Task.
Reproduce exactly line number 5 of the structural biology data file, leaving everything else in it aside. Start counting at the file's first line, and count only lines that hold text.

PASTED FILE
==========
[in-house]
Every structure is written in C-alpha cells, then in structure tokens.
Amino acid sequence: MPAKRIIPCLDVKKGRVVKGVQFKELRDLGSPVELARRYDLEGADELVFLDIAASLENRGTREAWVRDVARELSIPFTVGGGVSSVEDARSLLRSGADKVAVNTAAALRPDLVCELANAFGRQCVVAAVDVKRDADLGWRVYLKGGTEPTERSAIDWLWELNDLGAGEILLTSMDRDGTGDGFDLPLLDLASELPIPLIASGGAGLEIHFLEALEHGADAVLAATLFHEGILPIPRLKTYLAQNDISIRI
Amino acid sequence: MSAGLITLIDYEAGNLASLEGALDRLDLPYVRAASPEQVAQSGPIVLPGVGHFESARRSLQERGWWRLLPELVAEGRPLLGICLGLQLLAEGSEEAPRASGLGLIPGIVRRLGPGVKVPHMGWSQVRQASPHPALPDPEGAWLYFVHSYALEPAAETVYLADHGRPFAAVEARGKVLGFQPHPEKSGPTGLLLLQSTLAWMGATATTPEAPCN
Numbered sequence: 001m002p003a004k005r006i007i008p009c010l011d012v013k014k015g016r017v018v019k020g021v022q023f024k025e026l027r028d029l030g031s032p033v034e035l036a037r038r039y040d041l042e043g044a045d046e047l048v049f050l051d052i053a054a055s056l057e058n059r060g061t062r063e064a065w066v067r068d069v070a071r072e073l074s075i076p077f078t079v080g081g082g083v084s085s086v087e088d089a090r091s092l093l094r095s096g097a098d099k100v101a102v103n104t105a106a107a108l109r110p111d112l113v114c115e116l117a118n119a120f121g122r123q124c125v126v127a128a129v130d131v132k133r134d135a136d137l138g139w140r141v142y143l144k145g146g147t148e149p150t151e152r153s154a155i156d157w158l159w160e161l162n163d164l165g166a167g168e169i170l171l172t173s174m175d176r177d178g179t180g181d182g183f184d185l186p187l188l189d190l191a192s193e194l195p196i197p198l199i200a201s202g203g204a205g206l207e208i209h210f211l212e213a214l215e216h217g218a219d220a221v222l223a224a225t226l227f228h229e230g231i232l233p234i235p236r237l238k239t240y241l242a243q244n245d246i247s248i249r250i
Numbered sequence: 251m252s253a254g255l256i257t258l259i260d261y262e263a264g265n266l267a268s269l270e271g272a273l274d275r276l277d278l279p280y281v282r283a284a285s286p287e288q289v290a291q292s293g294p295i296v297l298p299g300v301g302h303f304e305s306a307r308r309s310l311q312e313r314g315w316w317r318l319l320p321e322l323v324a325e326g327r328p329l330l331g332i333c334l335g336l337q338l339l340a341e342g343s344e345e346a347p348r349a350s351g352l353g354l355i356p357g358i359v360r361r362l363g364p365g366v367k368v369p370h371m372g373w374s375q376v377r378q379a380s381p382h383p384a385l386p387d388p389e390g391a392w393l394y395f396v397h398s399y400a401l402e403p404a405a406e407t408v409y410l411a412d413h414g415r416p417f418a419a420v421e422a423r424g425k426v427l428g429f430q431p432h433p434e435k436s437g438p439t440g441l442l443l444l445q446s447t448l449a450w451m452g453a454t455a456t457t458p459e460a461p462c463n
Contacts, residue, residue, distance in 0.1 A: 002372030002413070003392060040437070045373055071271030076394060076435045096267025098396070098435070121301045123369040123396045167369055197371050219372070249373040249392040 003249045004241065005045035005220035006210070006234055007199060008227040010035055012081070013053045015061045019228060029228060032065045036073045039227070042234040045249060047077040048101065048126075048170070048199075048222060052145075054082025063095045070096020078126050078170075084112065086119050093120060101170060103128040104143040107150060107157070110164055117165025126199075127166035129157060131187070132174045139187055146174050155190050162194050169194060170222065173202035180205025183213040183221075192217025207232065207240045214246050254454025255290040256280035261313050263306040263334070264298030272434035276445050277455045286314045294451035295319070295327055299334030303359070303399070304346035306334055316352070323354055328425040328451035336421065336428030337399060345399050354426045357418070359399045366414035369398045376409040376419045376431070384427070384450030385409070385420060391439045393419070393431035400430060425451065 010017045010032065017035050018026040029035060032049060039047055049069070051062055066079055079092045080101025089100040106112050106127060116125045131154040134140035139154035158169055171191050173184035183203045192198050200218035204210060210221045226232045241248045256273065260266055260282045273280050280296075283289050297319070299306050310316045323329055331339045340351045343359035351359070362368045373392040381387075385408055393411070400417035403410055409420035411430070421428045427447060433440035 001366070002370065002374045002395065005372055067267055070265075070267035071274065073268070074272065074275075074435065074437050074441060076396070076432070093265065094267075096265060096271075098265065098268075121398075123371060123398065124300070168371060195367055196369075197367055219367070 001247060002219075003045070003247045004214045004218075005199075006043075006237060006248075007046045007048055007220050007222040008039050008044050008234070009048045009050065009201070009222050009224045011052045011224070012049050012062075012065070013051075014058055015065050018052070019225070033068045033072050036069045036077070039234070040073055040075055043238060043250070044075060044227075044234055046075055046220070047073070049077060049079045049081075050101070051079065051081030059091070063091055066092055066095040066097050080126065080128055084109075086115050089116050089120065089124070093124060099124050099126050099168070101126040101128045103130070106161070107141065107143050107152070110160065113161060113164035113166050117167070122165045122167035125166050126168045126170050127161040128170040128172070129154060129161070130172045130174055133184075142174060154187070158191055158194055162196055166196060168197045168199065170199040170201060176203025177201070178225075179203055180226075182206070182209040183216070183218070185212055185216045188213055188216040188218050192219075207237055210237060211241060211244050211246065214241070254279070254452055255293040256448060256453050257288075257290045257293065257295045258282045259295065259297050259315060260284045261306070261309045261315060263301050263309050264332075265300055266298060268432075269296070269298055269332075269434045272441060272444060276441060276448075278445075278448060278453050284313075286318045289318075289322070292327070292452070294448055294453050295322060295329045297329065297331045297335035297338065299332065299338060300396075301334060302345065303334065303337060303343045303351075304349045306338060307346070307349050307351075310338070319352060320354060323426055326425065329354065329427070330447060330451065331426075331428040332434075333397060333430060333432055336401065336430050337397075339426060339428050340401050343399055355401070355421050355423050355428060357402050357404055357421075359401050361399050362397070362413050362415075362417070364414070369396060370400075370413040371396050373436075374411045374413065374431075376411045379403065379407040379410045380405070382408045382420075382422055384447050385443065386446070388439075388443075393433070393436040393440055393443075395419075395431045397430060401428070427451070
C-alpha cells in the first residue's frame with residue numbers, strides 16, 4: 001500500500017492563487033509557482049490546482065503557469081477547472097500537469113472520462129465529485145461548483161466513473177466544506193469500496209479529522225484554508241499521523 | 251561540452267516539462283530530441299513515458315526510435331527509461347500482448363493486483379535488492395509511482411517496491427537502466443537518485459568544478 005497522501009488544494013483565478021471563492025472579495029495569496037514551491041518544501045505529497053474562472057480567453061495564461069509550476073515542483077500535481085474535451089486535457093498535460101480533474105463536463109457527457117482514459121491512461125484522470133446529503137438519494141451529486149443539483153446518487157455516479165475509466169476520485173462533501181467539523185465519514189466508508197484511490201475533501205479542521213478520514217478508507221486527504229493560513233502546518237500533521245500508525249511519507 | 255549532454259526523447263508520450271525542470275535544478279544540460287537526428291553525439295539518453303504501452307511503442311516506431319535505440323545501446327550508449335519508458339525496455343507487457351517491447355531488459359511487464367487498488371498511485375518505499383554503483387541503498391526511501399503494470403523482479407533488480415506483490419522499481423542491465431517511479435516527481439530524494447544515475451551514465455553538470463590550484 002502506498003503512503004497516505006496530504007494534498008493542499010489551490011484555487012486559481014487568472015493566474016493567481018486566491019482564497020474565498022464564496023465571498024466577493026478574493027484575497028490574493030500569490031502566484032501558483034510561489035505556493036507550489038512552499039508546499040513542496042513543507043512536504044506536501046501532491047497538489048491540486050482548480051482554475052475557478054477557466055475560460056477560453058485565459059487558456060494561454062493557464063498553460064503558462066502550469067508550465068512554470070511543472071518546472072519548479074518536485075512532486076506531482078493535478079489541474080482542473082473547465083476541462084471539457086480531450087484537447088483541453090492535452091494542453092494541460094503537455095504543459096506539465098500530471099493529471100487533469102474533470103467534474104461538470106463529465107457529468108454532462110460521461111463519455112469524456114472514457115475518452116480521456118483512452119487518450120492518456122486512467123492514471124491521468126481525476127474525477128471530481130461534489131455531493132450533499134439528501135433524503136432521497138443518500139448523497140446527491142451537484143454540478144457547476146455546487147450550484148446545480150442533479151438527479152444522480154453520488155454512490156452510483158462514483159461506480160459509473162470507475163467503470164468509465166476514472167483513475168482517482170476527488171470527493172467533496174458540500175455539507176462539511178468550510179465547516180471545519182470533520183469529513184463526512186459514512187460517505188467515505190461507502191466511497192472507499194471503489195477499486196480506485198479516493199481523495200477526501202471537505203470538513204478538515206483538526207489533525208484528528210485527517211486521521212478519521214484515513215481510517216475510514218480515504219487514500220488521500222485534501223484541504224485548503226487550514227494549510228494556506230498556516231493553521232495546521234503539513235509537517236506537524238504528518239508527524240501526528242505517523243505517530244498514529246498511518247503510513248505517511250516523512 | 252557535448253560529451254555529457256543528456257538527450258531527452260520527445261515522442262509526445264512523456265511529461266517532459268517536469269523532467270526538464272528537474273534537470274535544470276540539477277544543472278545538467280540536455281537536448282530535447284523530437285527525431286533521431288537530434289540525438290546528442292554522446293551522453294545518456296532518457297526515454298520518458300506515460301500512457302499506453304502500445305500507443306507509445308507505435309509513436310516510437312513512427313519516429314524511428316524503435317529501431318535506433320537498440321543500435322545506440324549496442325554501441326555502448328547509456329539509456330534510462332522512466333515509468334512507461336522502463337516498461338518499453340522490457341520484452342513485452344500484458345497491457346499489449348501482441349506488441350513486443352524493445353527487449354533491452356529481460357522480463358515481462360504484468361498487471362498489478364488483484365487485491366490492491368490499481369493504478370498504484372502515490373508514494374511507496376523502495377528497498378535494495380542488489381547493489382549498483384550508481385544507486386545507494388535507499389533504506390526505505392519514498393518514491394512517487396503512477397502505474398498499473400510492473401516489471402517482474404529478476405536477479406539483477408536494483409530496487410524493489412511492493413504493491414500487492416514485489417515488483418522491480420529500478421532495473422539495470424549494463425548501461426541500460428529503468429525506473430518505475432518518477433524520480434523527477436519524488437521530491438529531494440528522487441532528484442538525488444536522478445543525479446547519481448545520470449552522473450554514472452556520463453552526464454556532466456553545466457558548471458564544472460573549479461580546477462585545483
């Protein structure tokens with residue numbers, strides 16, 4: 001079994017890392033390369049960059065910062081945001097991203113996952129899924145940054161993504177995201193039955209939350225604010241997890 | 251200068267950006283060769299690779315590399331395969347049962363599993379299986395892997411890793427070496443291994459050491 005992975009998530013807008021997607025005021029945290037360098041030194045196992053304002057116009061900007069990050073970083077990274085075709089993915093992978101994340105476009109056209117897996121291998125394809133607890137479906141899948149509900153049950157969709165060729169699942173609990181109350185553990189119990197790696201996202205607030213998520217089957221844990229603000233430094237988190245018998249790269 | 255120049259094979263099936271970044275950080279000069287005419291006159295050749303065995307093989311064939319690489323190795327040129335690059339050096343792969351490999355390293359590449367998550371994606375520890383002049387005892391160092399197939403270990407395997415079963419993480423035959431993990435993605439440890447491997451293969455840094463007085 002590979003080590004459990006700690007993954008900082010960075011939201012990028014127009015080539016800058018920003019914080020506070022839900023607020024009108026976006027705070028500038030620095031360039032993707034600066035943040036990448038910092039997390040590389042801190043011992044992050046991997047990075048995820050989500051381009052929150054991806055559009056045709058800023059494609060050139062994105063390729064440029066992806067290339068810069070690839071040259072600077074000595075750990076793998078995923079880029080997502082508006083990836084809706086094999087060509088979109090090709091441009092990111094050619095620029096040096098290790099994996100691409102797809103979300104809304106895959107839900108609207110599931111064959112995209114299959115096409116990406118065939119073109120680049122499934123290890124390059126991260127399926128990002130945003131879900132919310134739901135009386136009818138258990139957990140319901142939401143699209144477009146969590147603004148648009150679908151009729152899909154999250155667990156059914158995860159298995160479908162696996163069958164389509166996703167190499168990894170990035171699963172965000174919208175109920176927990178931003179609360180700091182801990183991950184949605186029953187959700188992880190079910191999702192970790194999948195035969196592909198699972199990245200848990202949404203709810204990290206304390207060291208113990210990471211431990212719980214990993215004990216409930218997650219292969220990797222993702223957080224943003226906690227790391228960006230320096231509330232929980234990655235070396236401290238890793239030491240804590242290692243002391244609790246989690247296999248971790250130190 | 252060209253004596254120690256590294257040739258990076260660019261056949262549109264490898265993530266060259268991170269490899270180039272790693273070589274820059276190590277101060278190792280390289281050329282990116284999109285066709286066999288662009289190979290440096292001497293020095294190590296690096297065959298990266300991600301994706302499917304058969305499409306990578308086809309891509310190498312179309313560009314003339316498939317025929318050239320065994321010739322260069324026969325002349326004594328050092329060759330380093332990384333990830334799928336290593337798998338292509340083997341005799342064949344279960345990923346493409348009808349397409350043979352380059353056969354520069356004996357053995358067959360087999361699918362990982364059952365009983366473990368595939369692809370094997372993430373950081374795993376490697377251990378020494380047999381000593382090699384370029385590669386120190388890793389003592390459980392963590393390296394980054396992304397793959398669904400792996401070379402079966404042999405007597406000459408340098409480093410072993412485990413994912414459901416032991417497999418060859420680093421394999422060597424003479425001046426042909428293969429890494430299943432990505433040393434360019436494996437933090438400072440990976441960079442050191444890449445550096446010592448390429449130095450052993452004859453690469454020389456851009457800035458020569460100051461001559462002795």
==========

Numbered sequence: 001m002p003a004k005r006i007i008p009c010l011d012v013k014k015g016r017v018v019k020g021v022q023f024k025e026l027r028d029l030g031s032p033v034e035l036a037r038r039y040d041l042e043g044a045d046e047l048v049f050l051d052i053a054a055s056l057e058n059r060g061t062r063e064a065w066v067r068d069v070a071r072e073l074s075i076p077f078t079v080g081g082g083v084s085s086v087e088d089a090r091s092l093l094r095s096g097a098d099k100v101a102v103n104t105a106a107a108l109r110p111d112l113v114c115e116l117a118n119a120f121g122r123q124c125v126v127a128a129v130d131v132k133r134d135a136d137l138g139w140r141v142y143l144k145g146g147t148e149p150t151e152r153s154a155i156d157w158l159w160e161l162n163d164l165g166a167g168e169i170l171l172t173s174m175d176r177d178g179t180g181d182g183f184d185l186p187l188l189d190l191a192s193e194l195p196i197p198l199i200a201s202g203g204a205g206l207e208i209h210f211l212e213a214l215e216h217g218a219d220a221v222l223a224a225t226l227f228h229e230g231i232l233p234i235p236r237l238k239t240y241l242a243q244n245d246i247s248i249r250i